“If you can get over this computer's homely profile, you'll find great value for the money.”
- Core i7 CPU; Blu-ray disc player; 6GB of memory; unique back-up features; very quiet
- Ugly; slow gaming performance; memory slots blocked by the drive bays; limited opportunity for expansion
When you’re considering a PC like HP’s Pavilion Elite m9600t, you have to give yourself honest answers to two basic questions: Are you a PC enthusiast, or do you just want a high-powered computer that doesn’t call a lot of attention to itself? And do you have the time and patience to suss out problems on your own, or do you prefer the peace of mind that only a large tech support operation can provide?
Gamers and PC enthusiasts will be disappointed with this machine, but they’re obviously not HP’s target market—at least not with the Pavilion series. Those folks are a niche market, and HP bought the boutique manufacturer Voodoo PC to meet their needs. Computers like this one are instead aimed at mainstream buyers who want a machine that delivers power without drama and at a price point that doesn’t induce a nosebleed. The Pavilion Elite m9600t delivers on both those counts.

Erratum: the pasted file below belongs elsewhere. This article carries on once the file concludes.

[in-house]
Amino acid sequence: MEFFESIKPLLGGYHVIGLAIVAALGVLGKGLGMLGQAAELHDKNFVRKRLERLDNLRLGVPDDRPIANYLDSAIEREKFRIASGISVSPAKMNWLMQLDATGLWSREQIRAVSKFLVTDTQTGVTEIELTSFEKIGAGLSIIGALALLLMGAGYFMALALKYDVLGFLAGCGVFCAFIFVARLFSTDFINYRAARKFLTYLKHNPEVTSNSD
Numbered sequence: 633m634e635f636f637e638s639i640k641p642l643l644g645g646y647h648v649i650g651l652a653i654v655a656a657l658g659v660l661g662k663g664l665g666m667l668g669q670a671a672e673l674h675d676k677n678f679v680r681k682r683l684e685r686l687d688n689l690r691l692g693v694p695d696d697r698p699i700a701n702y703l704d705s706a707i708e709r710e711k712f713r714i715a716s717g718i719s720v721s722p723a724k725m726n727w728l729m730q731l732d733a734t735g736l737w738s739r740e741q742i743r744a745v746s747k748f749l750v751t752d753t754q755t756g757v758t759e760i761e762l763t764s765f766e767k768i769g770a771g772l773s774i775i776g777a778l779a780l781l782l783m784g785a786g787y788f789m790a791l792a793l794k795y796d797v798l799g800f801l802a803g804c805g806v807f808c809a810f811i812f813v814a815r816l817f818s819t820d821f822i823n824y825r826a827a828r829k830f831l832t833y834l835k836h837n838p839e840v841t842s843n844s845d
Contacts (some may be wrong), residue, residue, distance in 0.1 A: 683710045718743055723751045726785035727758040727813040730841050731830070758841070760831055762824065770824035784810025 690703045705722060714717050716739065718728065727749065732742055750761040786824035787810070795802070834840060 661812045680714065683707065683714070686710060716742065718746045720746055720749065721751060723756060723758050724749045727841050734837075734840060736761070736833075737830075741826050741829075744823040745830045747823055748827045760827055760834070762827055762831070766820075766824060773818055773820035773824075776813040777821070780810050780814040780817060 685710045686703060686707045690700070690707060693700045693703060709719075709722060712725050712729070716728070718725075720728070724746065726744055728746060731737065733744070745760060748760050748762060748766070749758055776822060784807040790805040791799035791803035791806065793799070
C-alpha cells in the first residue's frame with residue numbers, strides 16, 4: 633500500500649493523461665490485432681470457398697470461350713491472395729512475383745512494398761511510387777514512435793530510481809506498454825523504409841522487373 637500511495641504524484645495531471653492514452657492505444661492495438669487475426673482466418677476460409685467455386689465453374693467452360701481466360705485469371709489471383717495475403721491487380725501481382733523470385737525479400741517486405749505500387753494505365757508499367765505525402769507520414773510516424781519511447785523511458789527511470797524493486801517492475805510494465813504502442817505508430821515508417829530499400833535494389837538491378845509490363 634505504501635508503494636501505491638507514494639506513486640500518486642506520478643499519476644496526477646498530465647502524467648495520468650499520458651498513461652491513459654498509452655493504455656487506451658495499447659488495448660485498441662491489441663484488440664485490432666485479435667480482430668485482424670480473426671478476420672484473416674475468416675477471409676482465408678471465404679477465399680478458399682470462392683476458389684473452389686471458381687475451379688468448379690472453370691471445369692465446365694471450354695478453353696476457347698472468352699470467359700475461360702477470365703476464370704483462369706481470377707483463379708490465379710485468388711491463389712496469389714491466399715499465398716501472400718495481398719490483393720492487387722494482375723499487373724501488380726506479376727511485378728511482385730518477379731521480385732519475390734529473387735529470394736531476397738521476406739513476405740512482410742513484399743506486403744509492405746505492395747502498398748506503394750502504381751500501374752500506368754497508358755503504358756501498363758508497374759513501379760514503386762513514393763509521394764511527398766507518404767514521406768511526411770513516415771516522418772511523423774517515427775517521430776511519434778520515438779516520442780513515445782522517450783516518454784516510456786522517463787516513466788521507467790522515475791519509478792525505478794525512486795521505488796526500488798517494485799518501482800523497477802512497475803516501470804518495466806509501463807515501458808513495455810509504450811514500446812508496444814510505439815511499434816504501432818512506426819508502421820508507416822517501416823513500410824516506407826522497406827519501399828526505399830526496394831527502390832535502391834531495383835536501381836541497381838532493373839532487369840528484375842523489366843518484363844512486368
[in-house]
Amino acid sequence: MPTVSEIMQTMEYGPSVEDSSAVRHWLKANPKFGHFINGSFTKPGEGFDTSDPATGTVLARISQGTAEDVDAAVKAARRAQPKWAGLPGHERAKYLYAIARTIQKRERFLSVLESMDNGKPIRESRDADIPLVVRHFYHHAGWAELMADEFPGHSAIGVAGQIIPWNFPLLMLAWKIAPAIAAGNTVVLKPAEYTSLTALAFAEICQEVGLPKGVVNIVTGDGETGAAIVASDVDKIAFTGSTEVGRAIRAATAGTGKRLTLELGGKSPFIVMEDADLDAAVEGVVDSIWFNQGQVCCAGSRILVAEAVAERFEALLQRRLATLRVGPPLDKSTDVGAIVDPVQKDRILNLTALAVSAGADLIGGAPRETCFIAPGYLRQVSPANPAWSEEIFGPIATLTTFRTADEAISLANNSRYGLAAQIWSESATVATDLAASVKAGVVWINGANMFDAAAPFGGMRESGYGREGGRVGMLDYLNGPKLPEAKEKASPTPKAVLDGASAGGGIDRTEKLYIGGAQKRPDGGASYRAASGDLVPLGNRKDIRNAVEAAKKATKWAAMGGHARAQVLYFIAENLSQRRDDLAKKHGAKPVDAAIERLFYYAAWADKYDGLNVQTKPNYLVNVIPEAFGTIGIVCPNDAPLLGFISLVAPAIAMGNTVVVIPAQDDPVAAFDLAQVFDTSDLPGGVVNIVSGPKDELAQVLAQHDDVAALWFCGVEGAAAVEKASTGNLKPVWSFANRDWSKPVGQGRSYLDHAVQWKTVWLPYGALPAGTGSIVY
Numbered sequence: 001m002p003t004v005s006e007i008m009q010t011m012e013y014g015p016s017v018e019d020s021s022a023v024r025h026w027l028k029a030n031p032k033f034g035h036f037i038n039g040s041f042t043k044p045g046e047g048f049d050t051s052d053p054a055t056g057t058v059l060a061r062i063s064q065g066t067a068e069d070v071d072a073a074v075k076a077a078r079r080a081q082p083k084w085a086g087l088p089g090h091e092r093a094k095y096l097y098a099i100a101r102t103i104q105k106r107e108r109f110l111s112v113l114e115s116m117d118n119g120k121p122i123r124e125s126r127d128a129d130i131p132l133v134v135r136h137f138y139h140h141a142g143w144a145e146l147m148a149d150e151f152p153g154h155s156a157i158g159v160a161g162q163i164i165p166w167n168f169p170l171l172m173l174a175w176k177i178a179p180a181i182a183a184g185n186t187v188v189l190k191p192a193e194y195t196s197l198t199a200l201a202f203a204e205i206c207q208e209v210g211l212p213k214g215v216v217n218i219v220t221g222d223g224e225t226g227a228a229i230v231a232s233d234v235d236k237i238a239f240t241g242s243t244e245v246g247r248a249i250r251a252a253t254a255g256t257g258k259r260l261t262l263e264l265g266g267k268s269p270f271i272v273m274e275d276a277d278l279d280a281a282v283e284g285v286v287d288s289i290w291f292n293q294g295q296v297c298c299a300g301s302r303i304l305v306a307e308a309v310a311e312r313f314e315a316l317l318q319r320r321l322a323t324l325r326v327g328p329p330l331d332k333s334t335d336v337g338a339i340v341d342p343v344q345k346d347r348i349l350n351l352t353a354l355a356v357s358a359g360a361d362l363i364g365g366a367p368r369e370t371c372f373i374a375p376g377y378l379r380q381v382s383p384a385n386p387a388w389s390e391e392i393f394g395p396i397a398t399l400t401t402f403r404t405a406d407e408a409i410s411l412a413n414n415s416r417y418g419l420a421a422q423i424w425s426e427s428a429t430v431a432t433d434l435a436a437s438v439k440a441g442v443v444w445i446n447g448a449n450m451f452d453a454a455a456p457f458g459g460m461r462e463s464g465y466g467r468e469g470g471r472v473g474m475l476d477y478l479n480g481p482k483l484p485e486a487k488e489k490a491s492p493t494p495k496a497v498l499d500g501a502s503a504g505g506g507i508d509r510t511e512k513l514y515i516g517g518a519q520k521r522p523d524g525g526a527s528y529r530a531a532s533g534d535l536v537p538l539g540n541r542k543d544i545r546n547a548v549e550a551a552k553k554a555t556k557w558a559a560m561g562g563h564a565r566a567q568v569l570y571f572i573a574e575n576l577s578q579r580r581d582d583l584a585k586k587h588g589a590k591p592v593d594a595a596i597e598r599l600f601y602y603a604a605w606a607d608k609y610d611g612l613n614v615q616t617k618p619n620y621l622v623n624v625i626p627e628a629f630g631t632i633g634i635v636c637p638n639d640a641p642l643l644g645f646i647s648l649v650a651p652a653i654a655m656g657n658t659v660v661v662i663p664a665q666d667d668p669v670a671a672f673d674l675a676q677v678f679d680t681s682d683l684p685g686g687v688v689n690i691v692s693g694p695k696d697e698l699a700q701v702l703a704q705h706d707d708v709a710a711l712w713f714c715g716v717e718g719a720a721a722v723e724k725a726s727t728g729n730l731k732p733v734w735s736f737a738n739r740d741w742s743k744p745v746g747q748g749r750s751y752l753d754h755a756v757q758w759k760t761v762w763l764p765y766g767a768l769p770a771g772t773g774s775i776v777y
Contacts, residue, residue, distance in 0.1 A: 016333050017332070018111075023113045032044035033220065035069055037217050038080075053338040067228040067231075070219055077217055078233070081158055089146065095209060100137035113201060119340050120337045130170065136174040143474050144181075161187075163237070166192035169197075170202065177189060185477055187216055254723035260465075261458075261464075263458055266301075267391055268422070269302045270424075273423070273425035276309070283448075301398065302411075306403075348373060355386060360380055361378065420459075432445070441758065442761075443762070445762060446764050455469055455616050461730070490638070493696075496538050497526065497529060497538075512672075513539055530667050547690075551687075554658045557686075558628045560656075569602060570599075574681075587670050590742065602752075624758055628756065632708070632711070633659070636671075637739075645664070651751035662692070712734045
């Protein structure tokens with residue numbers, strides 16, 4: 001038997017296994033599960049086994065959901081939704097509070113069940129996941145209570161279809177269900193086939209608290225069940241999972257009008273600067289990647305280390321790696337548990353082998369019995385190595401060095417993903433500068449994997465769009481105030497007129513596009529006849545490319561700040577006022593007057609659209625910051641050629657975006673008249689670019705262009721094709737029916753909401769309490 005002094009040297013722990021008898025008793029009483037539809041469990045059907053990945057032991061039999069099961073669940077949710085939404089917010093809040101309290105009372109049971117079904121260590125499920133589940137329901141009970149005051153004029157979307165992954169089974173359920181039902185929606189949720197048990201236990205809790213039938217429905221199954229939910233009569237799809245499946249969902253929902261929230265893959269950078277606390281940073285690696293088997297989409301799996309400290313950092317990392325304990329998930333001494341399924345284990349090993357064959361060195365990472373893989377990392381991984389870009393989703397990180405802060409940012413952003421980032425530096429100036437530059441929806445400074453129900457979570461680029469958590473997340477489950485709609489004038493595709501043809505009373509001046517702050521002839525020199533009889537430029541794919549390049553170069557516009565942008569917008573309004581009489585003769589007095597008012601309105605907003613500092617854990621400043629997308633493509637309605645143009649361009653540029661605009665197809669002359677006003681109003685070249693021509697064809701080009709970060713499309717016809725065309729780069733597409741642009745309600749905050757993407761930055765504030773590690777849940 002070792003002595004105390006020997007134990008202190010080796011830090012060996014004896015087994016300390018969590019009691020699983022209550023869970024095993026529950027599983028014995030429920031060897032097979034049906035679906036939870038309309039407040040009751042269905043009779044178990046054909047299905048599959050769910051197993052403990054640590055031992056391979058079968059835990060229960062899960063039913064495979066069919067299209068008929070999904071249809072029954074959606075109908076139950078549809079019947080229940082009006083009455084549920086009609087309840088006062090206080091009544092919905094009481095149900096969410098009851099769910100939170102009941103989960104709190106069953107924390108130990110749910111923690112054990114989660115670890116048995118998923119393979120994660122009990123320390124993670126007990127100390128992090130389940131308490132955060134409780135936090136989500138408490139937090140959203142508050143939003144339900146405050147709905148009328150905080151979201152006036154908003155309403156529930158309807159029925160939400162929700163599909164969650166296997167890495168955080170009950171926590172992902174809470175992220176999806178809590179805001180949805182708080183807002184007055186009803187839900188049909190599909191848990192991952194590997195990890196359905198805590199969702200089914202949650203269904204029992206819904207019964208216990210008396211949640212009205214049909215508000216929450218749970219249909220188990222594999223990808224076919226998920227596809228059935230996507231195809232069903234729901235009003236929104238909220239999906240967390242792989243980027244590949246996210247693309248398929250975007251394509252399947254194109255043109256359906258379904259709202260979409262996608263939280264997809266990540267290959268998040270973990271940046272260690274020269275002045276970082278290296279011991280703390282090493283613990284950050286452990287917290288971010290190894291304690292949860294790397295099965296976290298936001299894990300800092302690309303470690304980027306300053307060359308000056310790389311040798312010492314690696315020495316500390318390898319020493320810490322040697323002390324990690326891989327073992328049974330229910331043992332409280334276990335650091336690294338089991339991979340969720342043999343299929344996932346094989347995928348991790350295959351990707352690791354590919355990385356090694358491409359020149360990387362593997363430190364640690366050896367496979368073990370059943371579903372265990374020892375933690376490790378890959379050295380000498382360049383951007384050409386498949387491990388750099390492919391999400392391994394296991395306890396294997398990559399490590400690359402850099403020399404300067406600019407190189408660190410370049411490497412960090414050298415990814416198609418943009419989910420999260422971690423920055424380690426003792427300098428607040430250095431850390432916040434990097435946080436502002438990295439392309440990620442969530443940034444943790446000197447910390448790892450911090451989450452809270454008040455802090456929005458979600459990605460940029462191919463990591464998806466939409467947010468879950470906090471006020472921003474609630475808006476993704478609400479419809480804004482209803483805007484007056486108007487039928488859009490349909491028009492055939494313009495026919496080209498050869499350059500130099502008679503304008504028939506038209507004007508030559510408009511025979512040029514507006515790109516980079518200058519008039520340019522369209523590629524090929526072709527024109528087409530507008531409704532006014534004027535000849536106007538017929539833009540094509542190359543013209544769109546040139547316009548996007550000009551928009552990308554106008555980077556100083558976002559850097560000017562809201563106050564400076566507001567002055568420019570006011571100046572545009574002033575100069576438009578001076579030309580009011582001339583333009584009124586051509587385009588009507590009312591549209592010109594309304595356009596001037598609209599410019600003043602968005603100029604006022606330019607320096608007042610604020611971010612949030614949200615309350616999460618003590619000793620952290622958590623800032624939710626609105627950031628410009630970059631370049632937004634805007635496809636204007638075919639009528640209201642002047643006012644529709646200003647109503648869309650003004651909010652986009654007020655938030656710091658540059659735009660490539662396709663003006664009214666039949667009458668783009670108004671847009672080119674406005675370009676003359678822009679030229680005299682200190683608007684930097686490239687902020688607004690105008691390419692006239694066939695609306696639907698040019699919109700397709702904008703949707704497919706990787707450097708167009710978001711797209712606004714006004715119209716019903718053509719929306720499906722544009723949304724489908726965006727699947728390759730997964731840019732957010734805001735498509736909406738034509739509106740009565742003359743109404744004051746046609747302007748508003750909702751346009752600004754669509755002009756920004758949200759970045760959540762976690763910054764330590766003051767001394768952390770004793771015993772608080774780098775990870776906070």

Features and Design
If you purchase the Pavilion Elite m9600t directly from HP, you can configure it with either of Intel’s latest and most powerful mainstream CPUs, the 2.66GHz Core i7 920 or the even faster 2.93GHz Core i7 940. The machine HP sent for evaluation was outfitted with the former (the Core i7 940 would add $400 to this system’s $1,450 price tag).
The Core i7 has earned accolades from every corner of the tech industry—it is truly a sublime piece of engineering. It’s a quad-core microprocessor that uses Intel’s Hyper-Threading technology to provide the operating system with eight processing threads to work with. Threads are lightweight sub-processes that can operate concurrently but independently, which enables the computer to get more work done more quickly. Multi-threading won’t automatically make every task faster—the software application you’re using must be specifically written to take advantage of the feature—but the list of such programs keeps getting longer. Some of the more popular multi-threaded apps include Adobe’s Photoshop CS3 photo editor, Autodesk’s 3ds Max modeling and animation software, and Avid’s Pinnacle Studio 12 video editing program.